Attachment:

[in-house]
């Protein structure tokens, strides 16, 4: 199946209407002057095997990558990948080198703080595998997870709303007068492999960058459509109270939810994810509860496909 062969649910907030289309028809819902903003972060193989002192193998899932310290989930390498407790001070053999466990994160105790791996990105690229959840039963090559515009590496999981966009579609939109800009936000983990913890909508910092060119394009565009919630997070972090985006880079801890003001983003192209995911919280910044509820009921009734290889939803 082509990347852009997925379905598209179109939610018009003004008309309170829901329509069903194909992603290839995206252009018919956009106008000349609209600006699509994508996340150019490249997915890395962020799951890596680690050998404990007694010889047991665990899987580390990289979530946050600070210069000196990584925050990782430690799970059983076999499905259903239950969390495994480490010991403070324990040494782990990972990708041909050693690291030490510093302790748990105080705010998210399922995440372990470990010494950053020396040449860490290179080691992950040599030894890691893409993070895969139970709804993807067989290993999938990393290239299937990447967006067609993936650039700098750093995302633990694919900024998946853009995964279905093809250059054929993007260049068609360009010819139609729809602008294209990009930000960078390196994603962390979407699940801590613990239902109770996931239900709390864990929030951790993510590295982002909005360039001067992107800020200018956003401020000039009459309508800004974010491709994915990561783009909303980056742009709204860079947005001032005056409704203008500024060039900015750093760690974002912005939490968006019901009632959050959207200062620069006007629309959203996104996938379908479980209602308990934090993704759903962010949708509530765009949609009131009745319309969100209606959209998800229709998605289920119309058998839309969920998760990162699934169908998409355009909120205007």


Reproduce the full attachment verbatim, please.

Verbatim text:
[in-house]
């Protein structure tokens, strides 16, 4: 199946209407002057095997990558990948080198703080595998997870709303007068492999960058459509109270939810994810509860496909 062969649910907030289309028809819902903003972060193989002192193998899932310290989930390498407790001070053999466990994160105790791996990105690229959840039963090559515009590496999981966009579609939109800009936000983990913890909508910092060119394009565009919630997070972090985006880079801890003001983003192209995911919280910044509820009921009734290889939803 082509990347852009997925379905598209179109939610018009003004008309309170829901329509069903194909992603290839995206252009018919956009106008000349609209600006699509994508996340150019490249997915890395962020799951890596680690050998404990007694010889047991665990899987580390990289979530946050600070210069000196990584925050990782430690799970059983076999499905259903239950969390495994480490010991403070324990040494782990990972990708041909050693690291030490510093302790748990105080705010998210399922995440372990470990010494950053020396040449860490290179080691992950040599030894890691893409993070895969139970709804993807067989290993999938990393290239299937990447967006067609993936650039700098750093995302633990694919900024998946853009995964279905093809250059054929993007260049068609360009010819139609729809602008294209990009930000960078390196994603962390979407699940801590613990239902109770996931239900709390864990929030951790993510590295982002909005360039001067992107800020200018956003401020000039009459309508800004974010491709994915990561783009909303980056742009709204860079947005001032005056409704203008500024060039900015750093760690974002912005939490968006019901009632959050959207200062620069006007629309959203996104996938379908479980209602308990934090993704759903962010949708509530765009949609009131009745319309969100209606959209998800229709998605289920119309058998839309969920998760990162699934169908998409355009909120205007």